These so-called patient mobility rulings are clearly good news for patients in need of urgent treatment which they cannot access at home and who are able to 'move'. One positive aspect of these rulings is that the decision on whether a person should seek health care elsewhere is down to a health professionals' view on the urgency of a procedure, not an official waiting list target. But I believe that we cannot allow our health services to be dictated by ECJ interpretations of internal market rules. Such an approach would lead to the creation of an internal market in health services, competing on the basis of costs, leading to a damaging leveling down of quality of care and creating a two-speed health system where only the better off and better informed patients would benefit. Whatever their level of income or place of residence, everyone in Europe must be guaranteed equal and affordable access to health care when needed, in accordance with the principles of universality, quality, safety, continuity and solidarity.
There is therefore a need to set down the parameters for health service standards in Europe and to clarify the implications of ECJ rulings in a European Health Directive. Such a Directive must address:
the practical problems that arise for patients who wish to seek healthcare elsewhere;
how can patients and healthcare professionals identify, compare or choose between providers in other countries;
the retention of the flexibility Member States need to plan their own systems, without creating unjustified barriers to patient mobility;
how can compensation mechanisms be put in place for 'receiving' countries;
The impact on related services such as social services and long-term care, which in the vast majority of cases will be required near 'home';
The discrepancies in ECJ terms such as 'undue delay' and the distinction between hospital and non-hospital treatments - for example, does hospital care, for which prior authorisation is required, include treatment provided in a doctor's surgery or in a medial centre?;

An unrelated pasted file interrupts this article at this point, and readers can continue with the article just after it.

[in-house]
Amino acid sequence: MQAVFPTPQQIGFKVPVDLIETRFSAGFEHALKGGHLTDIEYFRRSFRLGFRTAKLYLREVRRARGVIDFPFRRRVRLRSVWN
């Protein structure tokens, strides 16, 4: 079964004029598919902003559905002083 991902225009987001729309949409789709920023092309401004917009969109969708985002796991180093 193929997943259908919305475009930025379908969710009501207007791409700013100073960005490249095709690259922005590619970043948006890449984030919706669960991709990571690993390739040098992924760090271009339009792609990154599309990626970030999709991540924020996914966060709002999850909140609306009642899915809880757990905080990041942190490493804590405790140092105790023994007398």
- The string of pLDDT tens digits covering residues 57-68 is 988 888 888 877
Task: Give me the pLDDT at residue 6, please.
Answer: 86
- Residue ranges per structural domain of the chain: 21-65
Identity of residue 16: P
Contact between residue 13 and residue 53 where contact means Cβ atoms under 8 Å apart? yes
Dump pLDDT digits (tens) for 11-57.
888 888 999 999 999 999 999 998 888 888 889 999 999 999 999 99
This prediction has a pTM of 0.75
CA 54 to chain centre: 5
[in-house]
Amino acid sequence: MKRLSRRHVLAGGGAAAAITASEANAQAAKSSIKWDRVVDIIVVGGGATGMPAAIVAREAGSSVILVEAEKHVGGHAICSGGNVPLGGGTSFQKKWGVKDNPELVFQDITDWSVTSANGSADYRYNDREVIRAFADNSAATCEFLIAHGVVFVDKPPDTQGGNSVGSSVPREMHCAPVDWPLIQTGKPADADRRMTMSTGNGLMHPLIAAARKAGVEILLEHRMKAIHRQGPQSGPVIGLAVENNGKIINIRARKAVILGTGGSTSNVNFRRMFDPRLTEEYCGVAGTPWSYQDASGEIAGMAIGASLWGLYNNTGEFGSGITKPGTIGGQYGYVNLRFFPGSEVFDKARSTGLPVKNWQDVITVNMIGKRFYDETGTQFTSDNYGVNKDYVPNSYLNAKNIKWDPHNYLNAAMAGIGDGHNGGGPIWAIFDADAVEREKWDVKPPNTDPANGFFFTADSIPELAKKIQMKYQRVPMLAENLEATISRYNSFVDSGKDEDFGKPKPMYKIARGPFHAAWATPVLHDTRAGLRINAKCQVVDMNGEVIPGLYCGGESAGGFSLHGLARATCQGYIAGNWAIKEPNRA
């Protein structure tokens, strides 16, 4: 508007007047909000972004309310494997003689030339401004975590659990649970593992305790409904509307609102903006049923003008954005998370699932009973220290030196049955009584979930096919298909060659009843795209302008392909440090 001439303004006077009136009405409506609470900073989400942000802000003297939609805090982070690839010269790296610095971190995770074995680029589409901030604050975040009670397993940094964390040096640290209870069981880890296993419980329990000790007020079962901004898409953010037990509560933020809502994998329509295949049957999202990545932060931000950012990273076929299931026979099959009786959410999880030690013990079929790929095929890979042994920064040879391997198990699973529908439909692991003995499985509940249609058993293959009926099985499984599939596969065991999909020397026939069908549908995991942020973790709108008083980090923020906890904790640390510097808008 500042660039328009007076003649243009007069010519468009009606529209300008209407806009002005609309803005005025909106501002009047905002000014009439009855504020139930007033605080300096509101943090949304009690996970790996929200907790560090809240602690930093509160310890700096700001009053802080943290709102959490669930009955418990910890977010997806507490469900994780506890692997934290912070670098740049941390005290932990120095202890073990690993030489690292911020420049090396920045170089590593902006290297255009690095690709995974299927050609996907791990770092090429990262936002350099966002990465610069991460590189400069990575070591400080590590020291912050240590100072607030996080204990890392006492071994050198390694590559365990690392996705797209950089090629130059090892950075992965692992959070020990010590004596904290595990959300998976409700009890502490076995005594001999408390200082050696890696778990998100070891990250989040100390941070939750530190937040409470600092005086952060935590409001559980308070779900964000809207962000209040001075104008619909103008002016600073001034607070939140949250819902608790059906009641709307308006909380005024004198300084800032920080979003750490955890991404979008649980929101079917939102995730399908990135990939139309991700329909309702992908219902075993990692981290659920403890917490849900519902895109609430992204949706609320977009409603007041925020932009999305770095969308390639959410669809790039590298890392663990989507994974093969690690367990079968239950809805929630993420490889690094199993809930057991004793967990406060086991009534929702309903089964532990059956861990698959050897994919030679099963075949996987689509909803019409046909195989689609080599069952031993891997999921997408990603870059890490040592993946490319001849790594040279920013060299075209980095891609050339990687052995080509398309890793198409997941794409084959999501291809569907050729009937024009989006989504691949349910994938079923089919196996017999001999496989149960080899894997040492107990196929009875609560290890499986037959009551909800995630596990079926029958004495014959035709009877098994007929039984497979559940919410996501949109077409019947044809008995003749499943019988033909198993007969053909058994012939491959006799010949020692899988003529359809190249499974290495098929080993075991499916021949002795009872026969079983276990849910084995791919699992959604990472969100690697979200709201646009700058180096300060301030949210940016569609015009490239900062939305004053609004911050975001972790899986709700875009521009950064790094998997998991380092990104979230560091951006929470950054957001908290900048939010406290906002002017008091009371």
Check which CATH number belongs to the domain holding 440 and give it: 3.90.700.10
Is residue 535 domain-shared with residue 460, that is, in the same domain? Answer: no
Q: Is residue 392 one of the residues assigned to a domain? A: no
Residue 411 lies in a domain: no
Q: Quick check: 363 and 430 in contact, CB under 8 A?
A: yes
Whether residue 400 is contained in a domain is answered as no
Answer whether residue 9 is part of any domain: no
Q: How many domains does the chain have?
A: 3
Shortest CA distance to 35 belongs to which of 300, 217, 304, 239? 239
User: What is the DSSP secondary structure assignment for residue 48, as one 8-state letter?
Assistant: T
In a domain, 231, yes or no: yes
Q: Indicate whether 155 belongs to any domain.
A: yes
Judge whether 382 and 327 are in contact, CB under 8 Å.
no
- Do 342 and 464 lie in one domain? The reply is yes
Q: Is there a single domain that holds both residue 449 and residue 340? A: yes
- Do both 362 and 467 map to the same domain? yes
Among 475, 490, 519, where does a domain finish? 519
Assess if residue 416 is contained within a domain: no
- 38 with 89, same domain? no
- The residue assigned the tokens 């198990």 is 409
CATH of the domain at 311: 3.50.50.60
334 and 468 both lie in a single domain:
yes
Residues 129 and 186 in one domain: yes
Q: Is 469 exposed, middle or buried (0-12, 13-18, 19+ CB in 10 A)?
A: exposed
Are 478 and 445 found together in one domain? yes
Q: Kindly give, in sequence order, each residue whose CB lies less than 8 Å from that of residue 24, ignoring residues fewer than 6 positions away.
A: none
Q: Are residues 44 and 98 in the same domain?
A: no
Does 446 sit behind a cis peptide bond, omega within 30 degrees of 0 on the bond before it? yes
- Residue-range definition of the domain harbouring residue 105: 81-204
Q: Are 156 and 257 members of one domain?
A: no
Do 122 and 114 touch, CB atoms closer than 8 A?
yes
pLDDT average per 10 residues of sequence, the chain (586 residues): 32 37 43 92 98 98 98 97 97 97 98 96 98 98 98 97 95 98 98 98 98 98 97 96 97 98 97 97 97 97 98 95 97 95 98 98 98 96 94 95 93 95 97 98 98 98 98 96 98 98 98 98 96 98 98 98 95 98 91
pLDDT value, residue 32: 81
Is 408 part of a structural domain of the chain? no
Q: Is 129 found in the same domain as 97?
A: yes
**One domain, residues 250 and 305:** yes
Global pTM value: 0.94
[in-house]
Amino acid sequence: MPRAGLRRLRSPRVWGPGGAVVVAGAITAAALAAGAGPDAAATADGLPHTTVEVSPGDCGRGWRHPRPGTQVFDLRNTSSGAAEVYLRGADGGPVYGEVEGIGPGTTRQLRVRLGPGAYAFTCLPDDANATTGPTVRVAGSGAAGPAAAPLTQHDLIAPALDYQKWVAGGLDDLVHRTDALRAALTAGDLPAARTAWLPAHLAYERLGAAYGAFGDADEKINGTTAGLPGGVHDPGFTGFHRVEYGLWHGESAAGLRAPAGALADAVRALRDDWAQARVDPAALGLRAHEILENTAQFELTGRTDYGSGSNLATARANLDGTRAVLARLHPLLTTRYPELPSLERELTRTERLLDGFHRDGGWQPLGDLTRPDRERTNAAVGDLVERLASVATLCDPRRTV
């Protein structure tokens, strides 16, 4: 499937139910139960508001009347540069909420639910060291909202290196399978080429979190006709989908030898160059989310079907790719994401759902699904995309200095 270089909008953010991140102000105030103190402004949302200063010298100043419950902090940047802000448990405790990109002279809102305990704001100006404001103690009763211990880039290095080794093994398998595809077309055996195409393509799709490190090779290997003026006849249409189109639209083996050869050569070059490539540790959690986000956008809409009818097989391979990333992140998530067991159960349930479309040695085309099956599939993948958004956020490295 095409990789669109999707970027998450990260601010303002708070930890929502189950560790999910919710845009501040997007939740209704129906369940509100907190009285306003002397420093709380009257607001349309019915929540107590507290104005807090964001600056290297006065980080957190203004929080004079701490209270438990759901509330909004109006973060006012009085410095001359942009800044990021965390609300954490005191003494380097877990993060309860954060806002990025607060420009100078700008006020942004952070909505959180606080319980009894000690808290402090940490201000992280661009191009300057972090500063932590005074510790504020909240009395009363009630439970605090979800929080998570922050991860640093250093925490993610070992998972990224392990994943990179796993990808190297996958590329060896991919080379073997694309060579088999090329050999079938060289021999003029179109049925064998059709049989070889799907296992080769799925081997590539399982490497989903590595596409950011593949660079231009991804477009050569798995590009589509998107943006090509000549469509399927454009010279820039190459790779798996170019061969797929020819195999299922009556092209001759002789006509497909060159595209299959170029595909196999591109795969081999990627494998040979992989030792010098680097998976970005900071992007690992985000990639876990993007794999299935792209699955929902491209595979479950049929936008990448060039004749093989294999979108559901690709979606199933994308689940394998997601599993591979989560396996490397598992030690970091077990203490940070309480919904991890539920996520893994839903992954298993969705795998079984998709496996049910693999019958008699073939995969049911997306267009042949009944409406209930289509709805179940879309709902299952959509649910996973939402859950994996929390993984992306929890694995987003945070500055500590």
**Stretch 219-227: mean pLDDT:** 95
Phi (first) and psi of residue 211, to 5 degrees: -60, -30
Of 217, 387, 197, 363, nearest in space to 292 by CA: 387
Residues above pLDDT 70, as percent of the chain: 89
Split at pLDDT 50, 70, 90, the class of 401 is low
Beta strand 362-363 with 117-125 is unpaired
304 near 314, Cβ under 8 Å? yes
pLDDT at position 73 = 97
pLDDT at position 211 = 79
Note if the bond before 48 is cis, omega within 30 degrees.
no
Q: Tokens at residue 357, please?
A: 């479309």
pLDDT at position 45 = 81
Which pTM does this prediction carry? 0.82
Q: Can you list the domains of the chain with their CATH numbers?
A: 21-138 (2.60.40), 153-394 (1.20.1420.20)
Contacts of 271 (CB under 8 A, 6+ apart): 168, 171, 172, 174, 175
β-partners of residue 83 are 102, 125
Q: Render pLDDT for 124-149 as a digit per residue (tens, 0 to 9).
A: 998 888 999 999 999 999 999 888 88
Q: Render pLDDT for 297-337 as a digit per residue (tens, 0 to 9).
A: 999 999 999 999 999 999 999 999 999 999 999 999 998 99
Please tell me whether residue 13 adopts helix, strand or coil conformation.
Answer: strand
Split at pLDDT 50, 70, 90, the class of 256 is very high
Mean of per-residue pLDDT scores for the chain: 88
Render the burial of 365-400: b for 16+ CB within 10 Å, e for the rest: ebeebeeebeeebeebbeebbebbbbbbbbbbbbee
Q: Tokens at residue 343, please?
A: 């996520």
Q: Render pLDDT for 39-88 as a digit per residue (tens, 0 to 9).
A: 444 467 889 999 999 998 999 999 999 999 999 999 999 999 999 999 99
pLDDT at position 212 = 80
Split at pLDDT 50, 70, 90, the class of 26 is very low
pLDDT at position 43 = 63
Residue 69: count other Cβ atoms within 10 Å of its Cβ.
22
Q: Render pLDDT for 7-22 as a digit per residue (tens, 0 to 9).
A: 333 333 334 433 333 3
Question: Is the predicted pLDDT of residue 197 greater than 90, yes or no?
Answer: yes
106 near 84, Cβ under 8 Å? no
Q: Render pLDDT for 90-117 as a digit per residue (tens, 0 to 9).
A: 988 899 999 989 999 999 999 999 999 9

The need to guarantee the legal security of patients and of professionals.
European policy initiatives relating to health services should be made by the parliaments of Europe, both national and European, not on an ad hoc basis from rulings of the Court of Justice.
The previous Internal Market Commissioner Frits Bolkestein and his successor Charlie McCreevy originally sought to address health services issues in their draft Services Directive. Including health in legislation designed to create an internal market in commercial services was one of the most controversial aspects of that original proposal and one which led to its wholesale rejection across Europe.
In February 2006, as part of its complete overhaul of this controversial proposal, we successfully excluded health from the scope of the directive. The national Ministers, some more reluctantly than others, were subsequently obliged to accept this outcome. Nursing organizations such as the INO and their counterparts all across Europe played a very significant role in this success.
On 23 May 2007, the European Parliament adopted a resolution on the implications of the exclusion of health services from the 'Services Directive'.
While I regret that the EP declined to take up Labour's and the Socialist Group's call for a specific health services directive to deal with these consequences, I do welcome its decision to urge the Commission to come forward with an 'appropriate instrument' to codify the case law of the European Court of Justice on patient mobility. I believe such an instrument should be a directive and I will continue to campaign for such a directive in the EP.